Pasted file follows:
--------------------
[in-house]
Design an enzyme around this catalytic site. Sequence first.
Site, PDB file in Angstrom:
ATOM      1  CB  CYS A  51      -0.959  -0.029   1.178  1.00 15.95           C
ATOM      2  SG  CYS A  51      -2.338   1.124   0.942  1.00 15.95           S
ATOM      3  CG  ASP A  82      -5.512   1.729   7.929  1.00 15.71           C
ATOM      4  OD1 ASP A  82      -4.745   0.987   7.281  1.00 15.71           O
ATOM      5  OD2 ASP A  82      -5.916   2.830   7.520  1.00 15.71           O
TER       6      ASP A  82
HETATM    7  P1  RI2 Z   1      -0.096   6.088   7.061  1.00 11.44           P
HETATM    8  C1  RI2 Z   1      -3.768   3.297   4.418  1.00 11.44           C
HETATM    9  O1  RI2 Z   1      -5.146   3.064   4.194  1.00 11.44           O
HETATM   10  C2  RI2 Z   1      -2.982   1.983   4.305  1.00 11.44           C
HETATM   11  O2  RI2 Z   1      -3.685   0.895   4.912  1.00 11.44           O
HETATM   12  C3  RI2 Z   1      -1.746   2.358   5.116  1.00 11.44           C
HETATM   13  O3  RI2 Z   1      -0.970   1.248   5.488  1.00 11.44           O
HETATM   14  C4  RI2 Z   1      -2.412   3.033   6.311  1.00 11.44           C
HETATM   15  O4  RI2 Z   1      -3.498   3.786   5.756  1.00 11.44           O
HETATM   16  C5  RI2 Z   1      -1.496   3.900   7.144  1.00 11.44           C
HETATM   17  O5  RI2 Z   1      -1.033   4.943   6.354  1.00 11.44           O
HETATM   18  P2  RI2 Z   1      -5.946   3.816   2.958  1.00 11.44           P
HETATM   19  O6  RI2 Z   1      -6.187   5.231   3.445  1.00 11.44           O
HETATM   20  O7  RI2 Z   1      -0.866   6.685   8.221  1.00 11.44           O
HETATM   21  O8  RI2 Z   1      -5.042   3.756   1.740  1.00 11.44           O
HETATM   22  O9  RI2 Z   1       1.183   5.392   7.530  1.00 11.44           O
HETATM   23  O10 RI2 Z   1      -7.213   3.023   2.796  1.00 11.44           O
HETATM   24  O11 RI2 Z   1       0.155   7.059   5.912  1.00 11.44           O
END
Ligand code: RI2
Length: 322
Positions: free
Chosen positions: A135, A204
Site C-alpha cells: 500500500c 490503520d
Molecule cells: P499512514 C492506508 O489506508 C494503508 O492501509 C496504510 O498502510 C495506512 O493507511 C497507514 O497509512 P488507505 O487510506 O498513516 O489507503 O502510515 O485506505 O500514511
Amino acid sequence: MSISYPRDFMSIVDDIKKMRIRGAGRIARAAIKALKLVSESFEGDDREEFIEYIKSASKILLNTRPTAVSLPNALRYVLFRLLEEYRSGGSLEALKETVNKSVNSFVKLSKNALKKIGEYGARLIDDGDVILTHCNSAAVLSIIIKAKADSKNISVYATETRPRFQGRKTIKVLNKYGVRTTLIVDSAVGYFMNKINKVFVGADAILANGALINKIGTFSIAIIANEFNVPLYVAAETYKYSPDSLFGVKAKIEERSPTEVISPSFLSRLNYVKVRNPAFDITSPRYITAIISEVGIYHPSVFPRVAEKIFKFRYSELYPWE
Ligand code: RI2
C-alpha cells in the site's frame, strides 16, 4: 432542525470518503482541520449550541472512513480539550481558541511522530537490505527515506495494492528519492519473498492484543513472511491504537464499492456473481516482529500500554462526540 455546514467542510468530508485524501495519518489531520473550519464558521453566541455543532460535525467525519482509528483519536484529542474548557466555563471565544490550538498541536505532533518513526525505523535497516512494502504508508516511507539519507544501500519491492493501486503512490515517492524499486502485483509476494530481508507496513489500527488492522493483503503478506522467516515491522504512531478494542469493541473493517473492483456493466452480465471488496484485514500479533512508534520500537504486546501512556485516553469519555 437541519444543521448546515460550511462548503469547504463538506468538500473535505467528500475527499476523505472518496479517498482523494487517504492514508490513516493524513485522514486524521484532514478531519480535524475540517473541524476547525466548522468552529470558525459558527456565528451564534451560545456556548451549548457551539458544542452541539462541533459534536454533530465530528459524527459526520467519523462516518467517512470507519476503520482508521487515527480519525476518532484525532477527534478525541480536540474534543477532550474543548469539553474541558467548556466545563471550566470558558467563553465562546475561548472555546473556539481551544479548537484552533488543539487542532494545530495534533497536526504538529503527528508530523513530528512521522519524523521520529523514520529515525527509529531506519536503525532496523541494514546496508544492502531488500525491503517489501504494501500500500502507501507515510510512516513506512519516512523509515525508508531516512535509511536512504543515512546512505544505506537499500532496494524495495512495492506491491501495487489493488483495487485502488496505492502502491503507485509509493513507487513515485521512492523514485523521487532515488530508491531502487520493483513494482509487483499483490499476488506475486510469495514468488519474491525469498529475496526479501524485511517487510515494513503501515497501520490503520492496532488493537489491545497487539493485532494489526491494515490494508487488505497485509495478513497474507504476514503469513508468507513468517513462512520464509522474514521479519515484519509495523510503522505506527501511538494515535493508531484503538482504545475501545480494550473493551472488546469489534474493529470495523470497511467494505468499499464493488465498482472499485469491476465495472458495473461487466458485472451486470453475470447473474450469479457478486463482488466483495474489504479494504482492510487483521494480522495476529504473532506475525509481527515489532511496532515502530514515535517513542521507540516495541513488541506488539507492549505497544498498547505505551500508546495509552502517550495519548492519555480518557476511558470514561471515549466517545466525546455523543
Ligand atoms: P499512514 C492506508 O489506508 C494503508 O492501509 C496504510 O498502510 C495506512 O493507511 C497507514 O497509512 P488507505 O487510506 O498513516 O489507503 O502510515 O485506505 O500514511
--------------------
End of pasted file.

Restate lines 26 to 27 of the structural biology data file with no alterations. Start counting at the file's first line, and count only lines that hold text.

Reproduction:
HETATM   23  O10 RI2 Z   1      -7.213   3.023   2.796  1.00 11.44           O
HETATM   24  O11 RI2 Z   1       0.155   7.059   5.912  1.00 11.44           O